One offensive touchdown and one field goal are not enough offensive production to win most games.
While scoring in the NFL is never easy or anything to be taken for granted, still, there are some very basic strategies that the good teams employ.
Very basic strategies such as utilizing your playmakers and making smart calls. Joe Philbin does neither.
Let’s look at one series from Sunday, for example. Brent Grimes just made a great interception and changed all the momentum toward the Dolphins. We started at the Washington 21, already in field goal range.
On first down, Ryan Tannehill almost kills his tight end with one of the worst passes in NFL history. Wide open passing lane, no one near T-hill nor near Dion Sims. Incomplete.
That first down was the only good play call on the drive, and Tannehill botched it.
On second down, the Dolphins gain six on a short pass to tight end Jordan Cameron. Six yards when we need 10. How many times have we seen that?
Watch that play. It is not designed to gain 10. It is specifically designed to gain about 5 yards, and that brings up a huge Philbin flaw that we’ve seen for three years.
Joe Philbin purposely sets up his offense to be in a third-and-short situation. He strives for it. Instead of consistently calling plays designed to get first downs, the Dolphins constantly do this instead.
It’s like Philbin feels that merely getting into a 3rd-and-short situation is the goal, because we will automatically pick it up, right?
I cannot emphasize this enough. You hear it in every Philbin interview. Every time. He constantly says, “We have to get ourselves into a favorable down-and-distance situation.”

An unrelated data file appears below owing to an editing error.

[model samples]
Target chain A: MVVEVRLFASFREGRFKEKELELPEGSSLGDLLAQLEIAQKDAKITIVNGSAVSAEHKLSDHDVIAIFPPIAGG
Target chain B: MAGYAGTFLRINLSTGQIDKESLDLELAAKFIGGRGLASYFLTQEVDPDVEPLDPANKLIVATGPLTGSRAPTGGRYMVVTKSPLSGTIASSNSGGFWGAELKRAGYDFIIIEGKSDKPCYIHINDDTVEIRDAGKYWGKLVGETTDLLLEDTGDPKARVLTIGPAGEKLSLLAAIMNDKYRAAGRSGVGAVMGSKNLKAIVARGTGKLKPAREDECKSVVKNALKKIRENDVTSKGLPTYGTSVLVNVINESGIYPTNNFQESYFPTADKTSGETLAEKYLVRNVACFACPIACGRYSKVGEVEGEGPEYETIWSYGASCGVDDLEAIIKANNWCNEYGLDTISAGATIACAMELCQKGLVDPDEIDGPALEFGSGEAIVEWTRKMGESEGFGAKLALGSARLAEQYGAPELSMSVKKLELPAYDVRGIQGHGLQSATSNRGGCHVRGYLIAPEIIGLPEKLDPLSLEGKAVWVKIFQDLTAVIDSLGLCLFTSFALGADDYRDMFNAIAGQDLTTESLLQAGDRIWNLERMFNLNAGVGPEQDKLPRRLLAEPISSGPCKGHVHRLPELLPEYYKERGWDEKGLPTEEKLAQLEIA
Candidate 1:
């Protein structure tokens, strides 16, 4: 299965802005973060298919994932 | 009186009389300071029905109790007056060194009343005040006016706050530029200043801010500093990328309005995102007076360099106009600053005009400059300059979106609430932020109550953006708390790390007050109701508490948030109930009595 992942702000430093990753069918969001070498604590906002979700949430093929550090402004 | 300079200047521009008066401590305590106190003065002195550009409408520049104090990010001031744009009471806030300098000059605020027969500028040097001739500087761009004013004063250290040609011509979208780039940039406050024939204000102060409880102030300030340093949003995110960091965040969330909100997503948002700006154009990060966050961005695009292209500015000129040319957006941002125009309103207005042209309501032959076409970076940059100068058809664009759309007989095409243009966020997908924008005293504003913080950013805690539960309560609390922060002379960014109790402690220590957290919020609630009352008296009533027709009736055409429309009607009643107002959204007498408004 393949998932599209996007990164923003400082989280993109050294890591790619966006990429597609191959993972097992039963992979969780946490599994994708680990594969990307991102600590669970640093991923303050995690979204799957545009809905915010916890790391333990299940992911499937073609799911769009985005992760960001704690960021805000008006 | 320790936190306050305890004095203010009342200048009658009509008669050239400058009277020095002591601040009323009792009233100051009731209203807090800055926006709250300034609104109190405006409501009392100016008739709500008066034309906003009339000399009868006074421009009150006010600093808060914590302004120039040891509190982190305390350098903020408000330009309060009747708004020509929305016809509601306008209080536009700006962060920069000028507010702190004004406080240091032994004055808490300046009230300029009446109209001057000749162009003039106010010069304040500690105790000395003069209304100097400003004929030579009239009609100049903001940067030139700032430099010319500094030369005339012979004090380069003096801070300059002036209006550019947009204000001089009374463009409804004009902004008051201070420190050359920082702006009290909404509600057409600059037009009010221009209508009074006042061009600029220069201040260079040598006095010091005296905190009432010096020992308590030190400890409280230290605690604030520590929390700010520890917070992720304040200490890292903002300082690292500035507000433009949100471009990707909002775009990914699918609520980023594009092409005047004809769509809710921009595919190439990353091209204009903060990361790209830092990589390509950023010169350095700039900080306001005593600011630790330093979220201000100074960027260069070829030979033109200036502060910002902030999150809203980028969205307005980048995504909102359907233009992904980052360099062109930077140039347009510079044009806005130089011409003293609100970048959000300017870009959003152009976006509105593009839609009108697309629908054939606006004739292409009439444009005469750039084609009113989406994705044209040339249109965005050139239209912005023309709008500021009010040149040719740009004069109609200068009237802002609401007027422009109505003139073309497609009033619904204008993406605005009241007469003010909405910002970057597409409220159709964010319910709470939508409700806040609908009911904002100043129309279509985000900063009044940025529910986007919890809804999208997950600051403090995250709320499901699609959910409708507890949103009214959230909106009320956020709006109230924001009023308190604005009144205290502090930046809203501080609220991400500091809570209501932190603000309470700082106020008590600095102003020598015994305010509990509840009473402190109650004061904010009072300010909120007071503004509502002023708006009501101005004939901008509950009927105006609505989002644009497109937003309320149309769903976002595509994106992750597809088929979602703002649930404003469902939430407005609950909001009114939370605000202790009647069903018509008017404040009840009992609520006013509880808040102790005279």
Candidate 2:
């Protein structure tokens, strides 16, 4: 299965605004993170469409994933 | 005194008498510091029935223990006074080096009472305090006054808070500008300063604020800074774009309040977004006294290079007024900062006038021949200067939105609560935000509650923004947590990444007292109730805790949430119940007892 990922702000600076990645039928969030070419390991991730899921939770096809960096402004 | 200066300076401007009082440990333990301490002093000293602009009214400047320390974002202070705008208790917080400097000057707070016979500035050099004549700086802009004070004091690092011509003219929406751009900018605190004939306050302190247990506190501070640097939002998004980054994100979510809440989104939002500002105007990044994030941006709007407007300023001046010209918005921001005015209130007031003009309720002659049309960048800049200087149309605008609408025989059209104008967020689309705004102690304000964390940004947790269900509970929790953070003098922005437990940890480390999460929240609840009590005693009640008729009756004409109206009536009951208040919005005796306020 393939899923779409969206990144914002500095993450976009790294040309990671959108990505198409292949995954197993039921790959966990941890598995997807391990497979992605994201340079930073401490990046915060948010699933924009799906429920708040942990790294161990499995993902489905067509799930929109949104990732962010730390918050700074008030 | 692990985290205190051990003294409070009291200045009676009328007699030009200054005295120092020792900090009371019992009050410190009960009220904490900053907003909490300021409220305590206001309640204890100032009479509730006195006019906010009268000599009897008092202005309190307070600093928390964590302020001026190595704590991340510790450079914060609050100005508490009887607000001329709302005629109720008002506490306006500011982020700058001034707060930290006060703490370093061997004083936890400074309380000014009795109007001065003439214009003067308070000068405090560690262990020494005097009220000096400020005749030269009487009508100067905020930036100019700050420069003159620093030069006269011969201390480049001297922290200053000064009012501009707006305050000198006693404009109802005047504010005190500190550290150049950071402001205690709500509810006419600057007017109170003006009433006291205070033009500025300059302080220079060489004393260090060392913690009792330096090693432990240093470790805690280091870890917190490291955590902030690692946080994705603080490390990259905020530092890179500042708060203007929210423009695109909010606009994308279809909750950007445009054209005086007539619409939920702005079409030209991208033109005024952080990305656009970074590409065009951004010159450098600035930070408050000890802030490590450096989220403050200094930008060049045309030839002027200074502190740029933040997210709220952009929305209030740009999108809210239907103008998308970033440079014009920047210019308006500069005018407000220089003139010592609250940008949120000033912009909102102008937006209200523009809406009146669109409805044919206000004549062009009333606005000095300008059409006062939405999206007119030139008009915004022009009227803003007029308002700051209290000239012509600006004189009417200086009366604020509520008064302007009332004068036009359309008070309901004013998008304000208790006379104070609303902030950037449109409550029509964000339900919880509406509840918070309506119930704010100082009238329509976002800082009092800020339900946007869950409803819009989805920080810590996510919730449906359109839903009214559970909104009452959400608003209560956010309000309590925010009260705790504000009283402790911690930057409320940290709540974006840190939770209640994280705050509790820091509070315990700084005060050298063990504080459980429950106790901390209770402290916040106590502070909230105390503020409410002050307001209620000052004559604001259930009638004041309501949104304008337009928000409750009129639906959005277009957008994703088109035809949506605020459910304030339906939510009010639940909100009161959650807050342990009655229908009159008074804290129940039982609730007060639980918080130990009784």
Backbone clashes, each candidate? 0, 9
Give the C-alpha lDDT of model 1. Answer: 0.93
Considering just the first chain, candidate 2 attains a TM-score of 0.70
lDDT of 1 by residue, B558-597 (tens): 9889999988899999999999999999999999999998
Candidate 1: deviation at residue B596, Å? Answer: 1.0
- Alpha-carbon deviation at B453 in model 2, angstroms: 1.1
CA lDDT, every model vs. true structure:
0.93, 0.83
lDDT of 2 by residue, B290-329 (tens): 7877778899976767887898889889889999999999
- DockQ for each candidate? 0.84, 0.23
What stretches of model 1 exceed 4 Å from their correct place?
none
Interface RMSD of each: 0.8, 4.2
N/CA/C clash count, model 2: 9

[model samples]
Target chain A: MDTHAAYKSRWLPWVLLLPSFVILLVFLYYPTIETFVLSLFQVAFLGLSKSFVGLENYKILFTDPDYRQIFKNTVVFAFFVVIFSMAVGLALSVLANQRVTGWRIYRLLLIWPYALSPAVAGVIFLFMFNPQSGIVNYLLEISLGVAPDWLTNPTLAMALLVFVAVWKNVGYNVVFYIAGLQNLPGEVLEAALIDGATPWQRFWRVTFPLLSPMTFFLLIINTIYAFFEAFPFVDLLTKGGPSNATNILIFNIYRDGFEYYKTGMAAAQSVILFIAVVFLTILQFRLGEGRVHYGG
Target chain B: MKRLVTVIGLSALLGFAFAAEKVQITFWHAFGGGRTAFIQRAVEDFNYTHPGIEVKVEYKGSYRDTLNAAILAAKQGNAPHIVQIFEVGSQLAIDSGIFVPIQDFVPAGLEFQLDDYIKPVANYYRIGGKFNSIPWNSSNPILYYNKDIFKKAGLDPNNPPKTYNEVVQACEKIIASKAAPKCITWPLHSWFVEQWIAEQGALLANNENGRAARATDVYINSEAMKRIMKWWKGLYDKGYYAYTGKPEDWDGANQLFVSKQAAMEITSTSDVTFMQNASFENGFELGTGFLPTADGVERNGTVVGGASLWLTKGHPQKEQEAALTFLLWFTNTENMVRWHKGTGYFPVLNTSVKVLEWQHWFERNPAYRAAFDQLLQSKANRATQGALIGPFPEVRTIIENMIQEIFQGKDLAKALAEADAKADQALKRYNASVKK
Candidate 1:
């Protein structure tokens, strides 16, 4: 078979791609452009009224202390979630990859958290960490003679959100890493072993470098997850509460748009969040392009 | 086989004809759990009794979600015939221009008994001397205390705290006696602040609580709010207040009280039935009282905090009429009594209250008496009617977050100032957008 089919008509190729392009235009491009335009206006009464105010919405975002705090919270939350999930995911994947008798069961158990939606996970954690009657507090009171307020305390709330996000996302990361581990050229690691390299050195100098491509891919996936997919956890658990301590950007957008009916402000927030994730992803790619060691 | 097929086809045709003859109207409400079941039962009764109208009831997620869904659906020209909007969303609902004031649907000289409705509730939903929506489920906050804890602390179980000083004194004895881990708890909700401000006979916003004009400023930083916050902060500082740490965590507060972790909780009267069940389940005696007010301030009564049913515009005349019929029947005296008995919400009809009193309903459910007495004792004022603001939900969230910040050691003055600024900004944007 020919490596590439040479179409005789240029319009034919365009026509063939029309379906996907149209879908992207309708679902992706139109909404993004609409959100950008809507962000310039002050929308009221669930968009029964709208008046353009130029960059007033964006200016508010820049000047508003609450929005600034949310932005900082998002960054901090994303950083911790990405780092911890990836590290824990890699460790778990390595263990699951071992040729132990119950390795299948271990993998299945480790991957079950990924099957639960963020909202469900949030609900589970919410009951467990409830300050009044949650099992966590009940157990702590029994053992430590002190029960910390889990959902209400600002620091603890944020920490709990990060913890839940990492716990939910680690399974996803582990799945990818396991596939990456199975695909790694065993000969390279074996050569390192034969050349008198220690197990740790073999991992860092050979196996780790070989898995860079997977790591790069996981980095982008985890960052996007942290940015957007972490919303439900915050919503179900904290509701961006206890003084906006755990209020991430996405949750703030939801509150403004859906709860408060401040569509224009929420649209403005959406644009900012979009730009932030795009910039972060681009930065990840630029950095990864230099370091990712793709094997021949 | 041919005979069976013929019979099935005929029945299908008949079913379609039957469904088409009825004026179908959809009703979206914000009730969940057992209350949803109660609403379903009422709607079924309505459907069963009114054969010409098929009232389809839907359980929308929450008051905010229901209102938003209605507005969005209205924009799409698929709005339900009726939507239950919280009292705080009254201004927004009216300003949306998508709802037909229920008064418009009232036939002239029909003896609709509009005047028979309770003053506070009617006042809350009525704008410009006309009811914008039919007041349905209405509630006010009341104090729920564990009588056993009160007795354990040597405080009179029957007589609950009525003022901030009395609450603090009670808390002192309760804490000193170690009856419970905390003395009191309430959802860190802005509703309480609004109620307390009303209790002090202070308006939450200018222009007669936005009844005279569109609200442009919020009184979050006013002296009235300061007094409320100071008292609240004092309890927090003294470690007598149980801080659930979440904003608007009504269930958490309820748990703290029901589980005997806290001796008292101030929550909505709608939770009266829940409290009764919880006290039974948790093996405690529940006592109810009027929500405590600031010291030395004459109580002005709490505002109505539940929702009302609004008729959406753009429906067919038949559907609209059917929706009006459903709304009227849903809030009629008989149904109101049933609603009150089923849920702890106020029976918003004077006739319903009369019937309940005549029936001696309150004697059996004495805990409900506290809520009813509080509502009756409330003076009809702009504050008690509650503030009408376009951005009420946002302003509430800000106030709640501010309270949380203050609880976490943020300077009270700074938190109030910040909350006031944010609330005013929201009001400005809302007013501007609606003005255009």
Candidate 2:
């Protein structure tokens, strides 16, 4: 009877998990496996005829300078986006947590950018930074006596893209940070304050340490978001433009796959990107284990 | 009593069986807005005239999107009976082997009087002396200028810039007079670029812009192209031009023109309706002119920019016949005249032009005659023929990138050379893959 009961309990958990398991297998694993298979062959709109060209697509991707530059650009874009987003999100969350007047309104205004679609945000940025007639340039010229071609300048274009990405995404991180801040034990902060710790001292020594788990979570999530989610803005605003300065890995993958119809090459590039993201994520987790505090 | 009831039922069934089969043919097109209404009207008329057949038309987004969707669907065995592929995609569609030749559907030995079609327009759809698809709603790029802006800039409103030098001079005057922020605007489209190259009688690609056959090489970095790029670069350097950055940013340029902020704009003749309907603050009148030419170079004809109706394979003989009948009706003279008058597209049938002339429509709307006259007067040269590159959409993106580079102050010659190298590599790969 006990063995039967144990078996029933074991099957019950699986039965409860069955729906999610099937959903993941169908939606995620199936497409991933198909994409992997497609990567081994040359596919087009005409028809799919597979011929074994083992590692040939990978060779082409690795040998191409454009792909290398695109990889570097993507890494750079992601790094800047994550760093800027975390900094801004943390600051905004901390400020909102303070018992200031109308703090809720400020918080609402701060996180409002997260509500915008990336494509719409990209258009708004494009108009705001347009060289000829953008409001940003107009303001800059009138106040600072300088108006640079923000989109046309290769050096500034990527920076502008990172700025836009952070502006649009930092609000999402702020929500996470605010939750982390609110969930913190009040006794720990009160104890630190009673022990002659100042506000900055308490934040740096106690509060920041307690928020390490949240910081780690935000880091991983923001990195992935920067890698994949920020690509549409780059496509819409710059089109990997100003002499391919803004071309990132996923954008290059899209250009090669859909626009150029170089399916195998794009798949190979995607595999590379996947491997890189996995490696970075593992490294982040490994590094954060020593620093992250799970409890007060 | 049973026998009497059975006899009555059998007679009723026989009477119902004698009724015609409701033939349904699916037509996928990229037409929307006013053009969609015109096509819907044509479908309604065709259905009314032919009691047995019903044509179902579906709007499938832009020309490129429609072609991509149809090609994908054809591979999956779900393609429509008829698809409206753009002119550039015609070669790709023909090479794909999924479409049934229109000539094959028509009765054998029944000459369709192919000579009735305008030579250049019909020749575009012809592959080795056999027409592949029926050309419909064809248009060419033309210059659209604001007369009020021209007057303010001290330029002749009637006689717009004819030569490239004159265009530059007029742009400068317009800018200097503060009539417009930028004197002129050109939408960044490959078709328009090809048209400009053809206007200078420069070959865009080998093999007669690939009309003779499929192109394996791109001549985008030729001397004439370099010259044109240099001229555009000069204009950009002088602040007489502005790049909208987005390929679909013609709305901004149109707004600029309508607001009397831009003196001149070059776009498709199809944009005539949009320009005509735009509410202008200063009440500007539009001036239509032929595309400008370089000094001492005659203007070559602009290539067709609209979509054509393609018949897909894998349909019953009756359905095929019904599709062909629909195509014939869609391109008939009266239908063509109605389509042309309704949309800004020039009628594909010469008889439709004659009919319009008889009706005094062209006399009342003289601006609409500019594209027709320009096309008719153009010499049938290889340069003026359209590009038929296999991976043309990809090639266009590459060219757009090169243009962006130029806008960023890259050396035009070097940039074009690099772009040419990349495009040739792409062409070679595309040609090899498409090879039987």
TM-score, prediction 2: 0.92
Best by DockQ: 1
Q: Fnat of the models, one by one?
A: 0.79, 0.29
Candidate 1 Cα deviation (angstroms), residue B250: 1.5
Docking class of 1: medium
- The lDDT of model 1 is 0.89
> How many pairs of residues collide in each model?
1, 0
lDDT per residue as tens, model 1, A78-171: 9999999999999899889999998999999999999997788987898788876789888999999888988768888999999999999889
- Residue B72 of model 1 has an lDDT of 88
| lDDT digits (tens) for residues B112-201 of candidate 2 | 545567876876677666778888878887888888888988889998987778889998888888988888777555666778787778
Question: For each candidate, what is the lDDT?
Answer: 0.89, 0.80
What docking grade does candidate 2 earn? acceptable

You hear it in his own words…his goal is to be in a good down-and-distance situation. Well in this case, congratulations to Joe Philbin. You got the Dolphins into a favorable d-a-d. Third and short.
Your goal is complete. Now what?
I hope you see my point. He lacks the killer instinct to obtain the crucial first downs, touchdowns, and sacks. Instead he is content with being in a situation to get those things.
It’s like Philbin being hungry, so he makes it his goal to drive to the McDonald’s parking lot. That ain’t gonna fill your belly until you take it to the next step.
On third down, we throw a pass to Damien Williams. Not Jarvis Landry. Not Kenny Stills. Not Jordan Cameron. Not Davante Parker. Lazor/Philbin called a play to go to an undrafted guy who has barely made the team two years in a row. We spent so much money and trades and draft picks to get an electrifying group of talent on our team, and we call a play to go to Damien Williams. Why? I can only ask why.
On top of that, why isn’t Williams fighting and struggling for that extra yard for the first down? He had no fire in him and no awareness to lunge ahead for that extra yard that we desperately needed.
As bad as those three plays were, Philbin saved his worst for last. Needing a yard…needing 36 lousy inches…needing only 91 tiny centimeters for our British fans…Lazor/Philbin decided to give the ball (again) to the same backup runner who had just failed to gain the requisite yard we needed on the previous play.
If at first Damien Williams fails, let him fail again.
Why was Williams even in the game? I know “third-down back” is a common cliche in the NFL, but so is “Your starter is your best.” Miller gets stuffed all the time on short-yardage situations, but he should still be the man until Williams supplants him. And that sure as heck didn’t happen on third and fourth down.
Why not have Tannehill fall forward for a yard?
Why not call the snap on two or three to draw the terrible Redskin defense offsides?
So many options, but we give the ball to an undrafted bench player.
This is a fantasy, but let’s hope Philbin learns a lesson.